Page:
Again, the community coalitions fought for an investigation of the riot, and eventually, the African-American tenants were allowed to move in. Pettengill concludes that “the cooperative organizations had helped reunite the city in the face of a major community crisis and, in many ways, they were in control of the future direction of community relations in Detroit.” (p. 41)

Pettengill goes on to a detailed examination of how these community coalitions functioned during the war—fighting for the raising of living standards of working people, arguing for interracial cooperation, and leading the fight against racism—which were all viewed in the context of national unity in the international struggle against fascism.

With the end of the war came the reaction. The cumulative effect of the House Un-American Activities Committee hearings, the Smith Act trials, and the development of anti-communism as a national religion all aided in isolating the CP from labor and community organizations. Even those sympathetic to the CP were put in the position of having to denounce the organization to save their own job, political position, or legitimacy.

Pettengill even surmises that the Detroit Rebellion of 1967 may have looked different if these community coalitions had maintained their existence. Noting that the absence of these coalitions “left the union on the outside looking in with respect to understanding the crisis involving police harassment, segregation in housing, in addition to institutionalized racism within the shops. With the communists driven from the ranks of the union, little attention was given to the proximate causes of the 1967 riot.” (p. 171)

A Communist Party-organized march on Detroit City Hall, 1930s. | University of Michigan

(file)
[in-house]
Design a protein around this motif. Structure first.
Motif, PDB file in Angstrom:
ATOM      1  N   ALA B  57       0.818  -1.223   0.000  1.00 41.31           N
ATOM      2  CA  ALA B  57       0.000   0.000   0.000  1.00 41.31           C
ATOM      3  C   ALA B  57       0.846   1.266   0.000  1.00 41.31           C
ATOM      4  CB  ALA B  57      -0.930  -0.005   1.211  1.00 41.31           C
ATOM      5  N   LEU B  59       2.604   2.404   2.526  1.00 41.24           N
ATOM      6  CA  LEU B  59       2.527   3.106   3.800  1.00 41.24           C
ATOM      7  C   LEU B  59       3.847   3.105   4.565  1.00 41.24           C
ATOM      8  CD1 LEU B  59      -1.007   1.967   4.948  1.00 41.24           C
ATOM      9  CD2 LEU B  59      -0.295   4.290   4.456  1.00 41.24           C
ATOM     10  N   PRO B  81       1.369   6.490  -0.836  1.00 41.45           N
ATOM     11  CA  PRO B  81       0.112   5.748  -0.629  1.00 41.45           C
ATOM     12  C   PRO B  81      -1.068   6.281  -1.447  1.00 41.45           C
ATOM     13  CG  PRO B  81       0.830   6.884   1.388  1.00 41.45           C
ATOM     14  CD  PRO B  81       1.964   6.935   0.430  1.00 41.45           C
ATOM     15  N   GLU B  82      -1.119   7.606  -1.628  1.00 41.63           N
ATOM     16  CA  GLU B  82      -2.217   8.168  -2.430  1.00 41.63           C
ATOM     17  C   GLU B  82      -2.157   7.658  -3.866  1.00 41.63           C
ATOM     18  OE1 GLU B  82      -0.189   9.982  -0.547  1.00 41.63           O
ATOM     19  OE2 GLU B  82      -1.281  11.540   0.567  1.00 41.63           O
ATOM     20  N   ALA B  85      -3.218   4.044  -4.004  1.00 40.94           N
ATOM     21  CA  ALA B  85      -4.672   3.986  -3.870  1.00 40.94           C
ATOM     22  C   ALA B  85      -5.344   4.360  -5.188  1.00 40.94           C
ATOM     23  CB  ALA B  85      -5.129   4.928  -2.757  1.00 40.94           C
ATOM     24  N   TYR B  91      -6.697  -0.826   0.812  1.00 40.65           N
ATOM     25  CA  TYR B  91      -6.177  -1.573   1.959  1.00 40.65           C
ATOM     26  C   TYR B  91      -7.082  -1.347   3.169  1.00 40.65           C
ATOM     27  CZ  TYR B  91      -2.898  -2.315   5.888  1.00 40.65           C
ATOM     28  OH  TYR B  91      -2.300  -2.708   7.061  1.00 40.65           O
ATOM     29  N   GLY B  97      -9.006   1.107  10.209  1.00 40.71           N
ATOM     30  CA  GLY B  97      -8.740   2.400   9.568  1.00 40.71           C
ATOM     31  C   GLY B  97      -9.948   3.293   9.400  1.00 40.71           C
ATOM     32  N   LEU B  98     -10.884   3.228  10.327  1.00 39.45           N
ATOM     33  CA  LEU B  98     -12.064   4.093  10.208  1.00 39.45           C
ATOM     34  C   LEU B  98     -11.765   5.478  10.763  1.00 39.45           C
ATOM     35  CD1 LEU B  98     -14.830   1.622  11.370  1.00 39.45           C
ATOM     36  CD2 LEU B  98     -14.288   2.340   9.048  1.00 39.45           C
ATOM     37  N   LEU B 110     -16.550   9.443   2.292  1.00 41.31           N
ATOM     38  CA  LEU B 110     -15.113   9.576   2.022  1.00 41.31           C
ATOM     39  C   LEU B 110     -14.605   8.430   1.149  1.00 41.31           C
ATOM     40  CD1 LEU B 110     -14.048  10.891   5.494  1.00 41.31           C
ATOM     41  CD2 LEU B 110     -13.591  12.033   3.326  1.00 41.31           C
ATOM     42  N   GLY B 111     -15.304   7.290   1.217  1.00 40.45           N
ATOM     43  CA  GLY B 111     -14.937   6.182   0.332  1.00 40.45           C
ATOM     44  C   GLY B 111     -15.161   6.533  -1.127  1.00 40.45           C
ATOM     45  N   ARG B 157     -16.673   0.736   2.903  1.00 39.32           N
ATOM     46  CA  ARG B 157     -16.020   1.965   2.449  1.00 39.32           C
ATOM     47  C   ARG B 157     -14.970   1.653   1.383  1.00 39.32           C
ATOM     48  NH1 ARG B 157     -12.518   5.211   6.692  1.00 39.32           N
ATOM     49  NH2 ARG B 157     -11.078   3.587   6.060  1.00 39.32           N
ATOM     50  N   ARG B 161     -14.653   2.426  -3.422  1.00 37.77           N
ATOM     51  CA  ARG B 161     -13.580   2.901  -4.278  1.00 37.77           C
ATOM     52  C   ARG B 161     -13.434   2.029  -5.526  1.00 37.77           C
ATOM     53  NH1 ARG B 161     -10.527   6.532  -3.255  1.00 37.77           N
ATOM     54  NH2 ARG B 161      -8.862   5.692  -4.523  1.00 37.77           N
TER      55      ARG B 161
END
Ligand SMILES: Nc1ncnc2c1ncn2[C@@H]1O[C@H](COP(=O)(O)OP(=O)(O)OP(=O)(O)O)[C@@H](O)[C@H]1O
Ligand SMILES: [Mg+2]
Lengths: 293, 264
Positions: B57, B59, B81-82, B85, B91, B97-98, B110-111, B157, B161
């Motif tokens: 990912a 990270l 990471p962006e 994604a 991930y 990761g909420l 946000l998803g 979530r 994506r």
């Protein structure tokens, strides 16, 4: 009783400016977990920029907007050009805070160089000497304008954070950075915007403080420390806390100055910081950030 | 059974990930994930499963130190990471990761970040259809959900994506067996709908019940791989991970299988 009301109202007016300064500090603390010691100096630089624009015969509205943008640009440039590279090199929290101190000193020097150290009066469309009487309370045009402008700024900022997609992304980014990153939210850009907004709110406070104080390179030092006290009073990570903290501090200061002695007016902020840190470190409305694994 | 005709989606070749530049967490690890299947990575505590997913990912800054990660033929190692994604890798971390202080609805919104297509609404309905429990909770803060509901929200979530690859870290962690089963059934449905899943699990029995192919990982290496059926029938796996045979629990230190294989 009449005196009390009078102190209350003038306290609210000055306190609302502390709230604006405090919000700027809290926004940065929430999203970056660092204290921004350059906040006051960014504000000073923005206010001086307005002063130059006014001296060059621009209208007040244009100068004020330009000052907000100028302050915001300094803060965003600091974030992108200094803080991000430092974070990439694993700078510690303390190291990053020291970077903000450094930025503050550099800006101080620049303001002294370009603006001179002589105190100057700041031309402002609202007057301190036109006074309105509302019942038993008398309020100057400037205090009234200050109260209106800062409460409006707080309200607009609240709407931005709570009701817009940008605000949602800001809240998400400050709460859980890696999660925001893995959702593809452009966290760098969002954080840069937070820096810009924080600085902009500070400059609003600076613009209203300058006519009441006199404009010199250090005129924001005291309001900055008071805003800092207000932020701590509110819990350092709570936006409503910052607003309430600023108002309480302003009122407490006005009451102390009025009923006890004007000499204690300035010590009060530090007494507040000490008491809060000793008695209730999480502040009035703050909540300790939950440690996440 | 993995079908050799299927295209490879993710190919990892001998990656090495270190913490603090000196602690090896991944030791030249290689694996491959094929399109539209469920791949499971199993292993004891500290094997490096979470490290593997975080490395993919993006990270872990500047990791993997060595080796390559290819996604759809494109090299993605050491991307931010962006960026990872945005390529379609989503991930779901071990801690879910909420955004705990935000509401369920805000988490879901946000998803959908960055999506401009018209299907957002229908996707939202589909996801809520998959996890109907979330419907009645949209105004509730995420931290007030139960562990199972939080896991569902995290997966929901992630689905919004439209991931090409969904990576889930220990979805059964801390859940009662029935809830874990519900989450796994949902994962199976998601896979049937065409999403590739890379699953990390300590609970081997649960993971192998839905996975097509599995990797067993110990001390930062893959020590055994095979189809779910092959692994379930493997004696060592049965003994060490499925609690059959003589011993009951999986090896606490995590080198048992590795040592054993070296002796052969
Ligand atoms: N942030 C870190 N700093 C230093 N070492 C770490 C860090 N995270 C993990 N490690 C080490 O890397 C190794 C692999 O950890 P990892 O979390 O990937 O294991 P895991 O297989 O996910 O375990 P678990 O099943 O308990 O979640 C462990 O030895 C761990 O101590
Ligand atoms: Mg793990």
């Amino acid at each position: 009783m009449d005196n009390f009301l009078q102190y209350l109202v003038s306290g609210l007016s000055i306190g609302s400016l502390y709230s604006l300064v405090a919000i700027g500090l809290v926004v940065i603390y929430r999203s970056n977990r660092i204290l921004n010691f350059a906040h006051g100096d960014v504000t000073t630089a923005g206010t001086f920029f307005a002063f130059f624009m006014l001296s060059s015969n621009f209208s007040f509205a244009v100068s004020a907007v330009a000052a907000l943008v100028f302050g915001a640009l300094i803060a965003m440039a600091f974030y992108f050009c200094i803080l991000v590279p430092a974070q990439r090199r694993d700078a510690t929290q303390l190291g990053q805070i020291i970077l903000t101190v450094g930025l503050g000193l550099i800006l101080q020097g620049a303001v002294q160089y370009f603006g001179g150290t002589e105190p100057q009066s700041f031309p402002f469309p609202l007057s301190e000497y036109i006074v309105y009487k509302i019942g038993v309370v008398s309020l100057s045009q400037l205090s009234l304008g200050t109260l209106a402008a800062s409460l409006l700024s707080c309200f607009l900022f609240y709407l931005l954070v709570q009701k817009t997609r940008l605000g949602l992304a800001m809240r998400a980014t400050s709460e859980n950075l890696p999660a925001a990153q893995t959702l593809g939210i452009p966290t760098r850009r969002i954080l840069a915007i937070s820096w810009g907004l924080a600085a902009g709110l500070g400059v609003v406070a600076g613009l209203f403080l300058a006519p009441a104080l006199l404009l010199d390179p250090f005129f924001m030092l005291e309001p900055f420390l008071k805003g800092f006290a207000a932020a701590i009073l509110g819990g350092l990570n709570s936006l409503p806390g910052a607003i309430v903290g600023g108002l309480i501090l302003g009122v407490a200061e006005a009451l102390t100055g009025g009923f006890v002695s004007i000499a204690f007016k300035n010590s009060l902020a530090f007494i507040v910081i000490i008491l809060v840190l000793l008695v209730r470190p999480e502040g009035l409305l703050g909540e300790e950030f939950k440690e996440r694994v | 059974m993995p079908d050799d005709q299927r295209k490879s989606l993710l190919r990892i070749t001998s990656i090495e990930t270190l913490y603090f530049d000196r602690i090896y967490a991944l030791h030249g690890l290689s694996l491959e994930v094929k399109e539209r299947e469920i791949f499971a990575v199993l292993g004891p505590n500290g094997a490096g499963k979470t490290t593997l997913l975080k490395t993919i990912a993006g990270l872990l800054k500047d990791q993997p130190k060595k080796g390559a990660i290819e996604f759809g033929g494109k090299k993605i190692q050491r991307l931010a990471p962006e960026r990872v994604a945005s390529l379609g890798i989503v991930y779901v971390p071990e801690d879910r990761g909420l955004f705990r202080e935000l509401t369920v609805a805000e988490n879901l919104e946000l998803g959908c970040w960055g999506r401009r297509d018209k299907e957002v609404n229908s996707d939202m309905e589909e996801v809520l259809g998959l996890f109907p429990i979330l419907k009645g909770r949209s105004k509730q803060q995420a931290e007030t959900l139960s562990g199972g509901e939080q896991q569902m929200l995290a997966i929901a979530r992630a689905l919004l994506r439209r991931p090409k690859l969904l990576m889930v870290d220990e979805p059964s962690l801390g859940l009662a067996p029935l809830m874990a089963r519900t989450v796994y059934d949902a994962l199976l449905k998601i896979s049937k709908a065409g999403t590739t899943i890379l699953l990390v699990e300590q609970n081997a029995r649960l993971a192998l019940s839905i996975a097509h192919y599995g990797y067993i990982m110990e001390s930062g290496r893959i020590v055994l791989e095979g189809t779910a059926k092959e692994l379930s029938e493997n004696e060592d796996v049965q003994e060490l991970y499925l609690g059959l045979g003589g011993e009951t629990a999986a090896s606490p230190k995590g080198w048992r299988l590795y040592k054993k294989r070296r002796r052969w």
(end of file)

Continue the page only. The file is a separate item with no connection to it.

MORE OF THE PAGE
Pettengill, using a vast array of archival sources, has documented an understudied aspect of U.S. Communist history. Rather than focusing on the CPUSA’s relation to the Soviet party—a favorite topic of historians—he has begun to unearth the everyday activities of rank-and-file Communists. Although these activists adhered to the CP’s general line—which included support for the Soviet Union—their day-to-day activities were focused on improving the lives of working people in the United States. In so doing, they were able to build broad alliances between various ethnic communities and classes, which led to a deepening of democracy.

The author provides a blueprint for future local studies of Communist activities which historians will hopefully follow. Just as Pettengill uncovered the stories of local activists in Detroit, there are similar stories to be told of Communist activists in New York City, Chicago, Los Angeles, and other major cities.

Although Pettengill ends his examination in the mid-1950s, the stories of Communist activism in the ensuing period, apart from some biographies of individual leaders, has yet to be told in great detail. There, historians will assuredly find that Communist activists continued their community work in the peace and civil rights movements—often not as open Communists and not necessarily openly in the party’s name.

Communists and Community: Activism in Detroit’s Labor Movement, 1941-1956

By Ryan S. Pettengill

Temple University Press, 2020.

Available in paperback, hardcover, and Kindle editions.


CONTRIBUTOR

Timothy V. Johnson
Timothy V. Johnson

Timothy V. Johnson is the former director of the Tamiment Library and Wagner Labor Archives at New York University.